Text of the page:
If you decide to travel during the peak summer season, try heading east – the Balkan coastline, the Slovenian mountains and Baltic cities are all fantastic places for making the most of your money. When tourist traffic dies down as autumn approaches, head to the Med. The famous coastlines and islands of southern Europe are quieter at this time of year, and the cities of Spain and Italy begin to look their best. Wintertime brings world-class skiing and epic New Year parties. Come spring it’s worth heading north to theNetherlands, Scandinavia, France and the British Isles, where you’ll find beautifully long days and relatively affordable prices.

2. Take the train

Getting around by train is still the best option, and you’ll appreciate the diversity of Europe best at ground level. Plus, if you make your longest journeys overnight and sleep on the train, you’ll forego accommodation costs for the night. Most countries are accessible with an Interrail Global pass or the equivalent Eurail pass. Depending on your time and budget, choose one corner of the continent then consider a budget flight for that unmissable experience elsewhere. Make sure you check out our tips for travelling by train in Europe.

3. Be savvy about accommodation

Although accommodation is one of the key costs to consider when planning your trip, it needn’t be a stumbling block to a budget-conscious tour of Europe. Indeed, even in Europe’s pricier destinations the hostel system means there is always an affordable place to stay – and some are truly fantastic. Homestays will often give you better value for money than most hotels so they are also worth considering. If you’re prepared to camp, you can get by on very little while staying at some excellently equipped sites. Come summer, university accommodation can be a cheap option in some countries. Be sure to book in advance regardless of your budget during the peak summer months.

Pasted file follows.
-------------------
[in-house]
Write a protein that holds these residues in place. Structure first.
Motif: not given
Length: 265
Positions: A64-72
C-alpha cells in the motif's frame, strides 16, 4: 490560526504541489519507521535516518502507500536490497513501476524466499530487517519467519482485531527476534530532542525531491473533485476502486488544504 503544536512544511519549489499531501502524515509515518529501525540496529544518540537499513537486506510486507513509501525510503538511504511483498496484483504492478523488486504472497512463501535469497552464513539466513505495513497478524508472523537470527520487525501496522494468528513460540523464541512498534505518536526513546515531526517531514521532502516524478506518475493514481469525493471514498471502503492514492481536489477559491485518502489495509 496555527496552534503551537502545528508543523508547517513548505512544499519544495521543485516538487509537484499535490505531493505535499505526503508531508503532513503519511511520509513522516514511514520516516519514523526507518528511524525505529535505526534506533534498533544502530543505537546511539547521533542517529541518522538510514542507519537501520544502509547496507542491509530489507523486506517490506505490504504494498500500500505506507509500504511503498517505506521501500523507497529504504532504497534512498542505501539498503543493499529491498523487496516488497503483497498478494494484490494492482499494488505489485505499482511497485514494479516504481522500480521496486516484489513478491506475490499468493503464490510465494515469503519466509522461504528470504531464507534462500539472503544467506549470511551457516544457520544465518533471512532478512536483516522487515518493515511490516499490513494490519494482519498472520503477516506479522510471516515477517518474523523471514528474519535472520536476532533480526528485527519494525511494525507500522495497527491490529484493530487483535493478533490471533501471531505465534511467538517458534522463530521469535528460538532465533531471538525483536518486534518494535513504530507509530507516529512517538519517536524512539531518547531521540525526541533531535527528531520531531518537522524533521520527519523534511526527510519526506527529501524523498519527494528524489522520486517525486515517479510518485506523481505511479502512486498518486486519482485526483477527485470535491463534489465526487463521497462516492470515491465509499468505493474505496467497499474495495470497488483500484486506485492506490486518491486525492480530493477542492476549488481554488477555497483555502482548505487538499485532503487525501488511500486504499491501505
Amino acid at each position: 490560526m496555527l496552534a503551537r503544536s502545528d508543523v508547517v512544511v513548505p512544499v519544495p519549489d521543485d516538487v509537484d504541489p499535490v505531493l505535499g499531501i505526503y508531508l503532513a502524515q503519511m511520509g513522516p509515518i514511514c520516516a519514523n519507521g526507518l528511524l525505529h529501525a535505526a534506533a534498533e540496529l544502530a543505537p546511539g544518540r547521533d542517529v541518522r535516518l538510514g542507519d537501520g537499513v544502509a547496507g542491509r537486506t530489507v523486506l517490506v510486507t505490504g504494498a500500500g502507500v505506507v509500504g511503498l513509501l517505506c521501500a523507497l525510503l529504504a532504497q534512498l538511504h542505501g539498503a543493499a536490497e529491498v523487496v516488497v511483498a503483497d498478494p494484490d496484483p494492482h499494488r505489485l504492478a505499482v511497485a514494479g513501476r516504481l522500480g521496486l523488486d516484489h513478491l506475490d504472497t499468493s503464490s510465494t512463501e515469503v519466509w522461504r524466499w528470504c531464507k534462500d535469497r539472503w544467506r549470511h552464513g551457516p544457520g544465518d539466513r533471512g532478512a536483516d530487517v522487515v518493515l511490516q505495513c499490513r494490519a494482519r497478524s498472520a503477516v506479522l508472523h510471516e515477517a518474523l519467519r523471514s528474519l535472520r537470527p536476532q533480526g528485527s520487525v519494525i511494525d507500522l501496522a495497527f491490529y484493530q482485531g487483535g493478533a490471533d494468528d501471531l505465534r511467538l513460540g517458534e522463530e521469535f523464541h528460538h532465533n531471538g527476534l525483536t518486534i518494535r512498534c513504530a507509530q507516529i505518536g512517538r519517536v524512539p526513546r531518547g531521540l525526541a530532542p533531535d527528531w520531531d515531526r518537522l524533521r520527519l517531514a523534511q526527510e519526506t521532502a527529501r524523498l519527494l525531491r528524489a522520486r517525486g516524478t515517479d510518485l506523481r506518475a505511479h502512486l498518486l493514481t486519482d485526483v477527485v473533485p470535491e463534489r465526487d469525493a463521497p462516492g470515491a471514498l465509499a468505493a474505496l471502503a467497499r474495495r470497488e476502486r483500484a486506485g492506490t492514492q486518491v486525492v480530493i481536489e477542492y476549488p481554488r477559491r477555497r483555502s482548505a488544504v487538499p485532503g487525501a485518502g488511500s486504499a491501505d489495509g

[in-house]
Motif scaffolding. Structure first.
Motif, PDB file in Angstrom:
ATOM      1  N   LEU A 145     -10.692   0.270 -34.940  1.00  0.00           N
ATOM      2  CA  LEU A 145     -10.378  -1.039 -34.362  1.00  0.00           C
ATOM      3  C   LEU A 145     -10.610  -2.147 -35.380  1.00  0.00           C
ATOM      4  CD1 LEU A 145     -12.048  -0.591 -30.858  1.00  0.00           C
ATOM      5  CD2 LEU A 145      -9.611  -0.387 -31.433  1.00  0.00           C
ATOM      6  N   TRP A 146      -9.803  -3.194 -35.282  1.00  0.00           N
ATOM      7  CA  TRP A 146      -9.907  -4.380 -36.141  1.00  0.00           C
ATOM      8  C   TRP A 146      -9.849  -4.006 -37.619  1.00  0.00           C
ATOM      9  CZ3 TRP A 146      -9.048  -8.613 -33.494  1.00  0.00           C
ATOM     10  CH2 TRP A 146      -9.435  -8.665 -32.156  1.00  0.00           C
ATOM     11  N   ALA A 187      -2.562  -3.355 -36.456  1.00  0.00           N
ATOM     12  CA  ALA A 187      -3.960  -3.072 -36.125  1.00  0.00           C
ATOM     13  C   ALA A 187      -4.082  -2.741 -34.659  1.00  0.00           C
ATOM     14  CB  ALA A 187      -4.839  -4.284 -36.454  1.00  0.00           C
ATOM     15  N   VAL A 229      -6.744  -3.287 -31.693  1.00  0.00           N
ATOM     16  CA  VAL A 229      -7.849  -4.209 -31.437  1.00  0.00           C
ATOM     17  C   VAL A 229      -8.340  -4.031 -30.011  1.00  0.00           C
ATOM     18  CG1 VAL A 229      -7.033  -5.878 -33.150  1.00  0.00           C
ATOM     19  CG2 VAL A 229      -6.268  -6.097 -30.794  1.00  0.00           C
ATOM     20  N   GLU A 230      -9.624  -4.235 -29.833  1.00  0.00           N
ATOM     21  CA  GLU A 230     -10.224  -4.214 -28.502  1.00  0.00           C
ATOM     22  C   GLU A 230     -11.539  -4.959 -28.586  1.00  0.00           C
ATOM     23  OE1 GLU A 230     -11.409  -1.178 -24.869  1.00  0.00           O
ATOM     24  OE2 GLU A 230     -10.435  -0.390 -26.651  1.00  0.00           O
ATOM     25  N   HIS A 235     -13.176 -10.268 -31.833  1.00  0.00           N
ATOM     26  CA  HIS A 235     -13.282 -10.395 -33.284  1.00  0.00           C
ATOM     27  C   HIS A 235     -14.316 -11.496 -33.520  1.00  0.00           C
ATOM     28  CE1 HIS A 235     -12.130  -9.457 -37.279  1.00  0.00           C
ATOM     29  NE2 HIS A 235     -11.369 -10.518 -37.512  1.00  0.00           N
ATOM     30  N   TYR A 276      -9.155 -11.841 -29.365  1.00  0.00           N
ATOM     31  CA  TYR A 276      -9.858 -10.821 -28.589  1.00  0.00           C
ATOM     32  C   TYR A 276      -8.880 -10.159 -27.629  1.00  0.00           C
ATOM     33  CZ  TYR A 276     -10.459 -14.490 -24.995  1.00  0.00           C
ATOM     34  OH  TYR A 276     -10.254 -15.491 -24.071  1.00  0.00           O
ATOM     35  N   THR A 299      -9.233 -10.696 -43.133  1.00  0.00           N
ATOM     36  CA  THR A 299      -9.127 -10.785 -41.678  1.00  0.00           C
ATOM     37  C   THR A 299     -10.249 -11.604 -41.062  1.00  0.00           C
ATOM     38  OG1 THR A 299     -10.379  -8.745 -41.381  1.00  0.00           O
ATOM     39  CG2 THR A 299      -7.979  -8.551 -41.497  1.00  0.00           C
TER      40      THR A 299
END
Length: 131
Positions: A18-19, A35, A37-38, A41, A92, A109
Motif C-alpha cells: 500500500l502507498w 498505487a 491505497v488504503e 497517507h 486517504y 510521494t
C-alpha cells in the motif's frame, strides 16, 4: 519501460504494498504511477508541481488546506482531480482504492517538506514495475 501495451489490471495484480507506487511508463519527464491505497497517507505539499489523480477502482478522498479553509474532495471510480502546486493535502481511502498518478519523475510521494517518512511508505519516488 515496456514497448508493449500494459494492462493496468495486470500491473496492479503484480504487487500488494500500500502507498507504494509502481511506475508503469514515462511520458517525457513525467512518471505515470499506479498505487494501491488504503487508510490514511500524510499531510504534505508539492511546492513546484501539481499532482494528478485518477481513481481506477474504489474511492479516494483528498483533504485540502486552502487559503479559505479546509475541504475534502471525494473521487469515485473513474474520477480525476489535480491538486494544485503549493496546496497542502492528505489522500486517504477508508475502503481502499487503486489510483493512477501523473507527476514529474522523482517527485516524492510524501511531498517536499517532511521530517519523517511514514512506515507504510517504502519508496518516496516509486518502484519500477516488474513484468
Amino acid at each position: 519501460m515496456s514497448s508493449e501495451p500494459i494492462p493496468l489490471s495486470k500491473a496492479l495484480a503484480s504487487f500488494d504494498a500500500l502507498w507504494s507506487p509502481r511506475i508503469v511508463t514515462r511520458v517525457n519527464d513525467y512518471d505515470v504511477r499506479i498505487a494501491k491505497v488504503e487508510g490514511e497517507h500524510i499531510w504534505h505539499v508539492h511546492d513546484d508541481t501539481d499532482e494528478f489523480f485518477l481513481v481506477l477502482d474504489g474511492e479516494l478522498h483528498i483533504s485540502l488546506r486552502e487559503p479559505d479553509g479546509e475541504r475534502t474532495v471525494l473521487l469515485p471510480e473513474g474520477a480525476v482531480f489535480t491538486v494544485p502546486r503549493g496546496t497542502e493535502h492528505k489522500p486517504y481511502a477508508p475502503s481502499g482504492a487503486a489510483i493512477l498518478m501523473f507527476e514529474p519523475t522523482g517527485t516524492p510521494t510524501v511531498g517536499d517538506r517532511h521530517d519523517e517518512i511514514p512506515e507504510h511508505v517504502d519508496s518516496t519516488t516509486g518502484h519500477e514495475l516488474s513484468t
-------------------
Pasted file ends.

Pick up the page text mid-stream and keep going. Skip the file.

4. Plan your trip around a festival

There’s always some event or other happening in Europe, and the bigger shindigs can be reason enough for visiting a place. Be warned, though, that you need to plan well in advance. Some of the most spectacular extravaganzas include: St Patrick’s Day in Ireland, when Dublin becomes the epicentre of the shamrock-strewn, Guinness-fuelled fun; Roskilde in Denmark, Glastonbury’s Scandinavian rival with a mass naked run thrown in for good measure; and Italy’s bizarre battle of the oranges in Ivrea.

5. Eat like a local

You’ll come across some of the world’s greatest cuisines on a trip to Europe, so make sure to savour them. A backpacking budget needn’t be a hindrance either. If you shun tourist traps to eat and drink with the locals, you’ll find plenty of foodie experiences that won’t break the bank. Treat yourself to small portions but big flavours with a tapas dish or two in Spain; relish the world’s favourite cuisine at an Italian trattoria; or discover the art form of the open sandwich with smørrebrød in Denmark. Don’t skip breakfast, either – an oven-fresh croissant or calorie-jammed “full English” are not to be missed.

6. Find the freebies

Being on a budget doesn’t mean you should miss out, even in some of the world’s most sophisticated cities. Many iconic European experiences are mercifully light on the pocket: look out for free city walking tours, try the great Italian tradition of aperitivo in Rome, make the most of the free museums in London and try cooking with local ingredients rather than eating out. We’ve got lists of the top free things to do in Paris, Barcelona, London,Dublin and Berlin to get you started.

7. Get outdoors

It can be tempting to focus backpacking through Europe on a succession of capital cities – but you’d be missing out on a lot. Europe offers a host of outdoor pursuits that animate its wide open spaces, too, from horseriding in Bulgaria’s Rila Mountains and surfing onPortugal’s gnarled Alentejo coast to cross-country skiing in Norway and watching Mother Nature’s greatest show in Swedish Lapland.